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'Bonnie & Clyde' has murderous leads, killer songs

Bonnie and Clyde became famous when they teamed up, so it's somewhat appropriate that the new Broadway musical based on their story has brought together two great couples, albeit with less actual bloodshed.
/ Source: The Associated Press

Bonnie and Clyde became famous when they teamed up, so it's somewhat appropriate that the new Broadway musical based on their story has brought together two great couples, albeit with less actual bloodshed.

Laura Osnes and Jeremy Jordan, two of theater's rising stars, play the bank-robbing duo with sexy onstage chemistry and strong voices. The other couple is behind the scenes: Frank Wildhorn and Don Black, the composer and lyricist, who have written some sumptuous songs.

These dynamic duos enliven "Bonnie & Clyde," a relatively straightforward biographical musical with some nice creative touches that opened Thursday under the direction of Jeff Calhoun at the Gerald Schoenfeld Theatre.

This retelling of the Great Depression-era folk tale about two star-crossed lovers teases out the twin themes of their dangerous lust and their lust for fame. Bonnie wants to be a movie star and Clyde wants to be Jesse James. That thirst for celebrity resonates today, as does the echo of economic woes, with its drumbeat of foreclosures and bank failures.

Wildhorn was last on Broadway this spring with "Wonderland," an updated telling of "Alice in Wonderland" that had some good songs but came with a book that was, at best, insipid. This time, his musical is much better but is ultimately let down by the same problem: a sometimes middling book.

That's not to say the book writer Ivan Menchell and the creative team haven't thrown all they can into the story: There are appearances by Bonnie and Clyde's childhood selves, there's a subplot with Clyde's brother, a love triangle with a cop, some eye-candy with both leads in their underwear, an attempt to explain the source of criminality, and energetic projection design by Aaron Rhyne that includes old headlines and photos.

Calhoun keeps more than two dozen scenes and miniscenes in constant motion, with actors sometimes setting up in the dark edges of the stage even as their fellow actors are still performing elsewhere. His sly sense of humor is on show when a choir singing God's praises with their hands in the air transform into customers with their hands in the air.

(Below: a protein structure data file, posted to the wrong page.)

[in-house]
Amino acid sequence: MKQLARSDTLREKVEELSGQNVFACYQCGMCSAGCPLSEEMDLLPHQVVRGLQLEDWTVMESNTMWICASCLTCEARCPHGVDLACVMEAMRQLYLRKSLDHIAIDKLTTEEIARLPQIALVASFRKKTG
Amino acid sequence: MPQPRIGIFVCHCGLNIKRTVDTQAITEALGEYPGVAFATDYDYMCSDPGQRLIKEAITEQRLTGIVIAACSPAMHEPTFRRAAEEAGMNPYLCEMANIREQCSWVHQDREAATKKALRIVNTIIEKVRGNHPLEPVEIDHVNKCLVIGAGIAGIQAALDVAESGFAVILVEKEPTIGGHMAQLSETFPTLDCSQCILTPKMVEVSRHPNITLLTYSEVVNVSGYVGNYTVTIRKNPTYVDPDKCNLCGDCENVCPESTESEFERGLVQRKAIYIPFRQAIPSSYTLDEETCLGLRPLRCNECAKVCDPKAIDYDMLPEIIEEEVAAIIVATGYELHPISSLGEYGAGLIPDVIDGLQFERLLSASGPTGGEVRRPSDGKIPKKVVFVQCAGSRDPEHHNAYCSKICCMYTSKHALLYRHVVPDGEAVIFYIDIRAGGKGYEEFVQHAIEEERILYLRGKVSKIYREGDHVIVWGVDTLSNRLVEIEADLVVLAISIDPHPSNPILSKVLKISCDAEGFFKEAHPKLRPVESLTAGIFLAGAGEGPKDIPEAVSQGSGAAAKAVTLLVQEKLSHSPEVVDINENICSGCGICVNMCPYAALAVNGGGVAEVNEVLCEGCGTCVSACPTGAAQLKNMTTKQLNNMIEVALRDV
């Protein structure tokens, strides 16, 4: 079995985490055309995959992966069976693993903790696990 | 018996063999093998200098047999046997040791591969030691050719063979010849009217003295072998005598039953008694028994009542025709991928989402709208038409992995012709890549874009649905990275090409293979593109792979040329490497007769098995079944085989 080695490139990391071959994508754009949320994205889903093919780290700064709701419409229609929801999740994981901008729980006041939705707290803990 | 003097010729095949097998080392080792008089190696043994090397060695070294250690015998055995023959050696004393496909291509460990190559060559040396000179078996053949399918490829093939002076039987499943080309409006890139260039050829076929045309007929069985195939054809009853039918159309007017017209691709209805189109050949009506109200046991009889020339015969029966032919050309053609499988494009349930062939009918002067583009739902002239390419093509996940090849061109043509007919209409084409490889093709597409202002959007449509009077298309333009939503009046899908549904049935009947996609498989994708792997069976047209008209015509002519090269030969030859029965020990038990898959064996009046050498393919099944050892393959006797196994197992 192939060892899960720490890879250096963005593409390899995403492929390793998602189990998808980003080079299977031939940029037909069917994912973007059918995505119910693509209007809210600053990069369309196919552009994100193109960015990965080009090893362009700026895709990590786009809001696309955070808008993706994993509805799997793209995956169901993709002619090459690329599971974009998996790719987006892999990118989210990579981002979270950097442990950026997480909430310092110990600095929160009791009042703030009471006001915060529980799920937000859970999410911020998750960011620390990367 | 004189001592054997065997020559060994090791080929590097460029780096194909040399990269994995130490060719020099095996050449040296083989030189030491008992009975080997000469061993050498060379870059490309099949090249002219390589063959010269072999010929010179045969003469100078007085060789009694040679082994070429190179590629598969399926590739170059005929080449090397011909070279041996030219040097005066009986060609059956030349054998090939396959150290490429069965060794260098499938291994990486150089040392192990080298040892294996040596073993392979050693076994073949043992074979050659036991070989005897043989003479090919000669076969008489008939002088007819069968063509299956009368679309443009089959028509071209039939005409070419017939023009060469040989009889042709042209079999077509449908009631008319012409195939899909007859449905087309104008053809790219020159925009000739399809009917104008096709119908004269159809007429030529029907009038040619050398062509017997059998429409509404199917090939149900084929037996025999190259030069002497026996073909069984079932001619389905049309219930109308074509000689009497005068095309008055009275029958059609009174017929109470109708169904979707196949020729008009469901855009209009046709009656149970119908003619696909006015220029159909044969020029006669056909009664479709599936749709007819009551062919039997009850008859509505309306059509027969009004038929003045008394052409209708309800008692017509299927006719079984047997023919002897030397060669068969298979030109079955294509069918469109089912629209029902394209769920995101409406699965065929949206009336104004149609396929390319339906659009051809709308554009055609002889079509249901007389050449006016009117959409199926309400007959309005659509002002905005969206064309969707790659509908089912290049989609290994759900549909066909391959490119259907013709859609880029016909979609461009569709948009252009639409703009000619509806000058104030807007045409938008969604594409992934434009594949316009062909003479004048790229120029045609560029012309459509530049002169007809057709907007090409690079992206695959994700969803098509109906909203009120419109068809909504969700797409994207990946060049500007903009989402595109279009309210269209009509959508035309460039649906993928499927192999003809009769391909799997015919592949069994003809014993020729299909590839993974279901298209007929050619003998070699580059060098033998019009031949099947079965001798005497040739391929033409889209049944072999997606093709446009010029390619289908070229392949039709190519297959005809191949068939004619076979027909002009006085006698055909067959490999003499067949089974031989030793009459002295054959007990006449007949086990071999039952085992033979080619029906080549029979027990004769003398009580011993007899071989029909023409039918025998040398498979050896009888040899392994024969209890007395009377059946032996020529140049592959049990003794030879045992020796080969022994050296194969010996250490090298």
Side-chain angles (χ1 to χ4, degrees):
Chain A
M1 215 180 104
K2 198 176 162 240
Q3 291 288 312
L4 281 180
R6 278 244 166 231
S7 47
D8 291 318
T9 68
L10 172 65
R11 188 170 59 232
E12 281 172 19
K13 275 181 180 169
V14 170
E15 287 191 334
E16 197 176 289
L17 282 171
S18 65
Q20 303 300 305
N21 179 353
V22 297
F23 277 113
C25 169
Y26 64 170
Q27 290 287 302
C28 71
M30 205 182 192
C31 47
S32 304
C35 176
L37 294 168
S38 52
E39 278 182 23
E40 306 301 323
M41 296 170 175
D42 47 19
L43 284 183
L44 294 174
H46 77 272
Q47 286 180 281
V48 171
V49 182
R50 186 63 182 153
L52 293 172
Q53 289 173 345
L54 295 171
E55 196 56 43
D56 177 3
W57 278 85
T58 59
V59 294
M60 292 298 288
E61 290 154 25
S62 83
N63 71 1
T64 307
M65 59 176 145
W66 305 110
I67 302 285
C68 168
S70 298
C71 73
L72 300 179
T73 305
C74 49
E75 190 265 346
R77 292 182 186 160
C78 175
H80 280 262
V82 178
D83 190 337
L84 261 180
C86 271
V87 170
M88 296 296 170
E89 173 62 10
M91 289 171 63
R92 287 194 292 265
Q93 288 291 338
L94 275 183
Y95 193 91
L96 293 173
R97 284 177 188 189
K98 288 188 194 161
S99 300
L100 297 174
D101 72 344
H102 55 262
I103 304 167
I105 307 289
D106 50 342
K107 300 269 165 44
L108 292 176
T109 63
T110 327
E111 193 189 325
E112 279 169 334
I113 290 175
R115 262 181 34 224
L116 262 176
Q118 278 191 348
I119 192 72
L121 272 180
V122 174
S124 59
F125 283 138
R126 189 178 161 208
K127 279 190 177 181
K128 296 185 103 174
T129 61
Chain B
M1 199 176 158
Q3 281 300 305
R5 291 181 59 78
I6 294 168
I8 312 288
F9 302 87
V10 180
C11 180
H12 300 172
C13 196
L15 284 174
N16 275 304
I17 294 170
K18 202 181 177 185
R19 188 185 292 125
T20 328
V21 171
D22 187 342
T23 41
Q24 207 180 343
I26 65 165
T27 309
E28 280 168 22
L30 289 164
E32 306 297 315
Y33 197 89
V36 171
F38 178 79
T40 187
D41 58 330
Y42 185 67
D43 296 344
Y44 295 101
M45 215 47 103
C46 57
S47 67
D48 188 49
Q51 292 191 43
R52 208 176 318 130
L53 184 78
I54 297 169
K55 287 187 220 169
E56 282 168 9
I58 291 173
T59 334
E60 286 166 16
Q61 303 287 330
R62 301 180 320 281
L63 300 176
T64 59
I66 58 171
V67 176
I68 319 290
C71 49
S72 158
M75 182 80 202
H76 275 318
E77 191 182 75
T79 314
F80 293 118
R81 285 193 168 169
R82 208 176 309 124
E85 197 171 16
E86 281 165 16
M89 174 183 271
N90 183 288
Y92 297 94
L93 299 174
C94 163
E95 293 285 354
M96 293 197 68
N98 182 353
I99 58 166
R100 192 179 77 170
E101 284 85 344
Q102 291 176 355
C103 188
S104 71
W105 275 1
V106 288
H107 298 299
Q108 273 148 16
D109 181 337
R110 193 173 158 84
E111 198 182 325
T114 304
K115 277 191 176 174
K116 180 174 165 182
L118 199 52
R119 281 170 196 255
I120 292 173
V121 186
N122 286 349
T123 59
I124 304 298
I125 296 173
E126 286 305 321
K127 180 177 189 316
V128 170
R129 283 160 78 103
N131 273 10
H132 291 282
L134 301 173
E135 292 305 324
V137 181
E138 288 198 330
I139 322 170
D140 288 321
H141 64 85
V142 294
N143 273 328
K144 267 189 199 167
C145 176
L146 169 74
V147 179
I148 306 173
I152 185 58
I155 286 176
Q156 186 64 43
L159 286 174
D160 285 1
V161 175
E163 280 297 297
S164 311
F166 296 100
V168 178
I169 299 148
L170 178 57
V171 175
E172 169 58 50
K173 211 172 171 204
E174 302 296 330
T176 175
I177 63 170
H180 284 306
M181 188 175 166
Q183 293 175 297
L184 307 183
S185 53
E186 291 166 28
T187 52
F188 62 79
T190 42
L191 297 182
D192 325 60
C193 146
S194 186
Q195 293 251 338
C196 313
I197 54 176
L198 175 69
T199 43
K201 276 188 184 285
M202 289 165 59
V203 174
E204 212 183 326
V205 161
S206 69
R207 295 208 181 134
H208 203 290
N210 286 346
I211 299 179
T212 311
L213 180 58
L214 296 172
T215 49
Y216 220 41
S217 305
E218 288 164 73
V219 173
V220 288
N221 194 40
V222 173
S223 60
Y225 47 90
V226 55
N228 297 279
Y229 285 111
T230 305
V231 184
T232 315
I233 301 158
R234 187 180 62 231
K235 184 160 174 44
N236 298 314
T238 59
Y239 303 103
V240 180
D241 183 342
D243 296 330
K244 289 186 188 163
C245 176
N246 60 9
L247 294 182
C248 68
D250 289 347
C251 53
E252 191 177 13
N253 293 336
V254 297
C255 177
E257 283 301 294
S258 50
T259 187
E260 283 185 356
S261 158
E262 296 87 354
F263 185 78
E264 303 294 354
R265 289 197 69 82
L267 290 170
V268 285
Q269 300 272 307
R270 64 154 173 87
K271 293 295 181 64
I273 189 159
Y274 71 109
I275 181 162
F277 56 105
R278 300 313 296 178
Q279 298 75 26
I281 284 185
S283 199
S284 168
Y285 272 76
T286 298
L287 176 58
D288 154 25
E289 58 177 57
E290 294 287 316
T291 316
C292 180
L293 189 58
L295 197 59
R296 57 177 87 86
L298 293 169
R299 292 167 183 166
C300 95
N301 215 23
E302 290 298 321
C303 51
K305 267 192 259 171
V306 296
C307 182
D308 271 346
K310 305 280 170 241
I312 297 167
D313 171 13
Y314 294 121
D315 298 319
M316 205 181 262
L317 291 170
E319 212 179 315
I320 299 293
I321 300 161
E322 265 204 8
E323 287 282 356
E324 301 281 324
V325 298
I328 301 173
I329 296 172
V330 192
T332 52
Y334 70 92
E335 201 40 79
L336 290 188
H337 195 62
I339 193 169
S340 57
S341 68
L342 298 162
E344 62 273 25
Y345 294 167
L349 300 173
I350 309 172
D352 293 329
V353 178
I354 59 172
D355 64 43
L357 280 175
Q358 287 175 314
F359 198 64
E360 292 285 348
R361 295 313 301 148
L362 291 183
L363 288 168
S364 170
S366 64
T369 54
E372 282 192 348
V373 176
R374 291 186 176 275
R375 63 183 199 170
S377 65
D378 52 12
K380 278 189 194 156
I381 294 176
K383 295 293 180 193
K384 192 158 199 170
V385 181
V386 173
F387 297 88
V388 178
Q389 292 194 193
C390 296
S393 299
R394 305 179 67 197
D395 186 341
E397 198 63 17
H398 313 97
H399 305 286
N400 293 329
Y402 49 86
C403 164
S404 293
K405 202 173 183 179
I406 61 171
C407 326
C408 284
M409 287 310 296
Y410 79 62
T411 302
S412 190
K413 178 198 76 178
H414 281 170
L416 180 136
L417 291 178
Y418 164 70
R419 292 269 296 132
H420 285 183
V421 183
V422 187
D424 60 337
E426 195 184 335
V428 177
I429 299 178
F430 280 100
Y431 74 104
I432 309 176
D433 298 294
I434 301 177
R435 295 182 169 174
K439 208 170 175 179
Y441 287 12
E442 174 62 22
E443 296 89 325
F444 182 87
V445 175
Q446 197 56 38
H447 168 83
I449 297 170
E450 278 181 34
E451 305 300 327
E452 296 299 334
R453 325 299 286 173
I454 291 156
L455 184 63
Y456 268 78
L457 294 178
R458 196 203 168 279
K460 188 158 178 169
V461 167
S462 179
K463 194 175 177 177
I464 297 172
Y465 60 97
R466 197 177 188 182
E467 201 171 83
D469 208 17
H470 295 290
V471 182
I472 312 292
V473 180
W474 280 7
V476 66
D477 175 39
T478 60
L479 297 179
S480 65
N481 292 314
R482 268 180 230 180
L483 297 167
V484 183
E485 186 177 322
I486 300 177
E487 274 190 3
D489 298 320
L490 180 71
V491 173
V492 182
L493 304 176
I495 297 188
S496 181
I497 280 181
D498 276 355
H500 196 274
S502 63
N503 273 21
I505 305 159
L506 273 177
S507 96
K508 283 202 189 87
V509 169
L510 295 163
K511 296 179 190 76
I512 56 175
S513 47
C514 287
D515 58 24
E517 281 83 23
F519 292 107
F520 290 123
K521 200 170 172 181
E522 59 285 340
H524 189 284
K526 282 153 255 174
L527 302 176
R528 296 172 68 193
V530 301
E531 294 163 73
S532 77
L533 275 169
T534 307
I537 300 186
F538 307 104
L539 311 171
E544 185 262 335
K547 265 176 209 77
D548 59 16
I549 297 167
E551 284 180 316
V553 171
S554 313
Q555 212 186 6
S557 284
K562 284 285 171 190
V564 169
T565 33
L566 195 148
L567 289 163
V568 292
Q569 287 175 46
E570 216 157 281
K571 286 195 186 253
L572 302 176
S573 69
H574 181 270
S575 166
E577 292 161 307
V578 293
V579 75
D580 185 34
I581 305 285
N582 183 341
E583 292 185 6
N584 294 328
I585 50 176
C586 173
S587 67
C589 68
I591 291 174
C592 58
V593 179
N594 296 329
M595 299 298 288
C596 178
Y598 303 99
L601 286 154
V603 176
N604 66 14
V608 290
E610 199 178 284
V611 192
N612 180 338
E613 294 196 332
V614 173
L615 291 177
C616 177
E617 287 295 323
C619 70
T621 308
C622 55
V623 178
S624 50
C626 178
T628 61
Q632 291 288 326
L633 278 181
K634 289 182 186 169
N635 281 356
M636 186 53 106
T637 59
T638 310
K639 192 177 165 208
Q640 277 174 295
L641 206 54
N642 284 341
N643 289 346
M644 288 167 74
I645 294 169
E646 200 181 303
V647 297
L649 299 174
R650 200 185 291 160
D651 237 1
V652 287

There are also dramatic shoot outs — marred somewhat by the distinctive sound of kiddie cap guns — and more vintage cars on stage than a showing of "Chitty Chitty Bang Bang." There is also what seems like vestiges from an earlier version of the musical, like a huge, expensive-looking tree stump that appears for just a few seconds in Act 2.

The plot is a mostly chronological, taking the couple from their first meeting to their bloody end. Menchell deserves credit for trying to elevate the story by looking at their quest for celebrity, but stumbles when it comes to exposition. "Clyde's been shot. He's in trouble," one character says after we've all clearly seen Clyde shot and in trouble.

There's also a bit of bloat, but Black's lyrics fit perfectly in Wildhorn's songs and even add an edge that sometimes is missing from the book. "No way I'll see heaven," Clyde sings in one bluesy song, "so let's raise a little hell."

But there can be no grousing when it comes to Osnes and Jordan, who are as gorgeous as some of the first-rate tunes they get to sing, such as the catchy "This World Will Remember Me," the fist-pumping "When I Drive" and the poignant "Dyin' Ain't So Bad."

Jordan, who was in "Rock of Ages," is charisma in person, a ball of swaggering arrogance with a sad boy underneath that's catnip to Bonnie (and many of the women in the audience). Bonnie, we are told, was a ravishing redhead, and Osnes is just that — this "Anything Goes" alumna transforms from a girl in need of attention (her sad "How 'Bout a Dance" is beautiful) to a stone-cold fox cradling a shotgun. This is a killer combination: They will slay you, literally.

Some of the standouts in the supporting cast include Louis Hobson as the lawman who loves Bonnie. He shares a great duet with Clyde — "You Can Do Better Than Him" — but has a tendency to dramatically punch things such as desks to get the point across that he's mad. Melissa van der Schyff as Blanche Barrow has the funny "You're Goin' Back to Jail" ensemble song and the achingly pretty duet with Bonnie "You Love Who You Love."

Tobin Ost's scenic design are based around several huge vertical wood barn-looking panels that go up and down to highlight action, and his set has several sloping platforms that he uses to great effect when arraying silhouettes against mournful colors projected on the back wall.

Ost also designed the costumes, heavy on three-piece suits, house dresses, hats and suspenders. In one inspired moment, Bonnie and Clyde put on clothes that match exactly what the couple was wearing in a 1930s photograph that is projected as they dress.

Little touches such as that, plus a great score and terrific leads, make "Bonnie & Clyde" a peripatetic, but pretty musical, despite having a body count almost as high as "King Lear."